Letters to the Editor, Nov. 23-25, 2016 | ParkRecord.com

Letters to the Editor, Nov. 23-25, 2016

Submissions from Park Record Readers


Sheriff must uphold the law regarding illegal immigrants


Mayors, council members, sheriffs and police chiefs were elected and appointed to carry out the laws of their respective constituencies. It is true that the constituency of our local sheriff only intersects the national constituency in a very small degree. It is also true that undocumented persons in Park City are not entitled to vote legally for sheriff and so, are not the constituency of our sheriff. Thus, it is ironic that our sheriff, with the enthusiastic support of The Park Record editorial staff, would identify more with those who are not his constituents than those who are fellow U.S. citizens.

I count among my friends an undocumented couple with three children born in the U.S.A. While he would hate to go back to Mexico, he respects the rule of law here—which is why he came here in the first place. Neither of us believes, however, that Trump intends to create a deportation force to deport him and millions like him. The level-headed response to the coming change in immigration policy is to wait and see, rather than declare resistance in advance.

Anyone with an ear has heard it said that Trump’s supporters took him seriously but not literally, whereas his detractors took him literally but not seriously. Let us all calm down and get back to work, hopefully in a growth economy.

Rob Baker
Park City

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Girl Scouts happy for help on NAC garden project


Girl Scout Troop 2471 would like to offer a heartfelt thank you to Eccles Paving, Home Depot Park City, Park City Nursery, Pilkington Metal Finishing, Rockscapes, and USANA Health Sciences. These companies and the volunteers contributed their time and efforts to our Silver Award Project of renovating the National Ability Center’s sensory garden in Park City. Our hope was to create an environment that is fun and welcoming to the many programs the National Ability Center runs. Without the help of these companies, we would not have been able to create such a wonderful place for the guests who use it daily. Again, thank you for your generosity. You guys rock!

Carley Rogers, on behalf of Girl Scout Troop 2471
Park City

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Community kindness is welcome counterpoint to election

After the months of mud slinging in the political arena we have all grown tired of the negative sentiment in our society. It would be nice to here something more positive. Well, let me try.

Recently I had the occasion to experience the other side of this coin. Driving home from work my gas pedal suddenly went soft and I determined the cable had disconnected or broken. Being just north of I-80, I limped on idle to the Bell’s Service at Silver Creek hoping there might be someone who could help. No auto mechanic, but a mechanic nonetheless offered to look at the problem. Out of his generosity he helped me solve what turned out to be a simple problem and got me on my way. He wouldn’t take any gratuity even though I offered twice. Who was he you might ask? He was an employee of Bells Service and if you are reading this you know who you are.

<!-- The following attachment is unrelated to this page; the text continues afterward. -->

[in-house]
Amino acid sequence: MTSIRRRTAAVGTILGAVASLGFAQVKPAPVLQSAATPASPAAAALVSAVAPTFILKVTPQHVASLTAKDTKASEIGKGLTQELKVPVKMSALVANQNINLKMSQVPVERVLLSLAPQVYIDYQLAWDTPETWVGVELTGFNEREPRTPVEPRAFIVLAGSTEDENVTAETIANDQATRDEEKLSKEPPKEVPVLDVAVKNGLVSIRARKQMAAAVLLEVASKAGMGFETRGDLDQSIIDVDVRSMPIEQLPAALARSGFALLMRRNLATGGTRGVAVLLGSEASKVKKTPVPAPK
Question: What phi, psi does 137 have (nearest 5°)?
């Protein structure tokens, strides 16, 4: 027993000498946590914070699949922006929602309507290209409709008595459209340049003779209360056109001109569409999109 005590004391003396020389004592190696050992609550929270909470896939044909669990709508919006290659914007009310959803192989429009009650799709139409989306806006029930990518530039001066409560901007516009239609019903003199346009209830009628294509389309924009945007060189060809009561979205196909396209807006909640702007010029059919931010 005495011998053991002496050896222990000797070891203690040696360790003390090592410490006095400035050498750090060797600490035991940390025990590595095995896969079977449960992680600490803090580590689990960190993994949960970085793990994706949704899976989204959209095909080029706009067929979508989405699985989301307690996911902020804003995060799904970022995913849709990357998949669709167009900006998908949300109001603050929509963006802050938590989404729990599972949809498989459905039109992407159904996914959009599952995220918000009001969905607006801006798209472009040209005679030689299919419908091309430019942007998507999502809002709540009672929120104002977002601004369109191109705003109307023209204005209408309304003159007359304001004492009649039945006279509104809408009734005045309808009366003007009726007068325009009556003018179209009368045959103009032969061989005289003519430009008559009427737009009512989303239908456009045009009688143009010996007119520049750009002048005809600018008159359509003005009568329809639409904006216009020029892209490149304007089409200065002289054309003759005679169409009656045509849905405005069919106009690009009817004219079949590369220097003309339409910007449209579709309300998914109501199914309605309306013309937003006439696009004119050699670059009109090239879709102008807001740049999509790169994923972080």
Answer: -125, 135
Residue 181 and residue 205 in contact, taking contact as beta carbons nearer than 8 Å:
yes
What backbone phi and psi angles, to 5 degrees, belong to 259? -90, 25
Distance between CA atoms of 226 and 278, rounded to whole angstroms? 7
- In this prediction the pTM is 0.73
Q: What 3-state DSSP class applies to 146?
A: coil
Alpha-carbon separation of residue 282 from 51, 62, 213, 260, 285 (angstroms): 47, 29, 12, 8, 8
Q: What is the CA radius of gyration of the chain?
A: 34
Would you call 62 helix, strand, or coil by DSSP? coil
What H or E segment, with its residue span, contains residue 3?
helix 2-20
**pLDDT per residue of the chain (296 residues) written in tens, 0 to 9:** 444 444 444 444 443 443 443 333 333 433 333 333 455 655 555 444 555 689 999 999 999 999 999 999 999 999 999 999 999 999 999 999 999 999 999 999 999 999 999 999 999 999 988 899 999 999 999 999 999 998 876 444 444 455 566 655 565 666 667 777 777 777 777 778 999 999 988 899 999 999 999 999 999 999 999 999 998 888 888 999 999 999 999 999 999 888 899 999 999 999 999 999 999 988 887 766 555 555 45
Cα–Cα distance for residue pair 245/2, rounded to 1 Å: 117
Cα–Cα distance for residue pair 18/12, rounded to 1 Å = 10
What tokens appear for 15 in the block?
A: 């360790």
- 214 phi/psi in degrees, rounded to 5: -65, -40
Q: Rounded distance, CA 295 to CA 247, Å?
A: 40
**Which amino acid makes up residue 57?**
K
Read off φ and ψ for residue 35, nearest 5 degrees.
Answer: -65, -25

I want to publicly thank him for all his help and having the tools to solve a problem of a motorist in need. He didn’t need to, but he willingly did. Thank you so much for just being you. We can all learn a lesson of how to treat out fellow human beings from even this kind gesture.

Larry Steinbach
Park City

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Christian Center up and running despite construction


I wanted to send a note of thanks to our community for your ongoing support of the Christian Center of Park City! Thanks especially for your patience and grace as we experience some major changes and potential inconveniences because of our construction process. As we have said previously, CCPC is going through some exciting changes related to our construction and remodel plan. We are fully into our construction phase now, with some major demolition going on in the back of our property.

Parking is now extremely limited and it will take extra time to get in and out of our donation area which is still open and accepting clothes/furniture/household goods, etc. Just be prepared to drive carefully. We have been exploring options of moving our donation area offsite, but have not found a suitable location for that yet. We will certainly send an update on that when and if we do. For now we will continue accepting donations at our current site. In the meantime, pardon our dust and the potential long wait in the parking lot, but exciting days are ahead!

If you are shopping at our Thrift store or coming to our Food Pantry, we encourage you to park across the street and take the bike/walking path underneath Deer Valley drive and approach the building that way. And of course our boutique is at our new location at the former Riff’s Coffee Shop at 1205 Iron Horse Drive.
On the positive side, because of the warm weather, we have been making great progress and we are moving full-steam ahead with construction on our new building and remodeling our current building.

Finally, I wanted to say one more time how thankful we are for the great support that not only we received at CCPC during Live PC Give PC, but for the tremendous outpouring of support for all of our various nonprofits here in Park City! We live in a truly great community!

Rob Harter, Executive Director
Christian Center of Park City

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Rocky Mountain Power policy would stifle solar efforts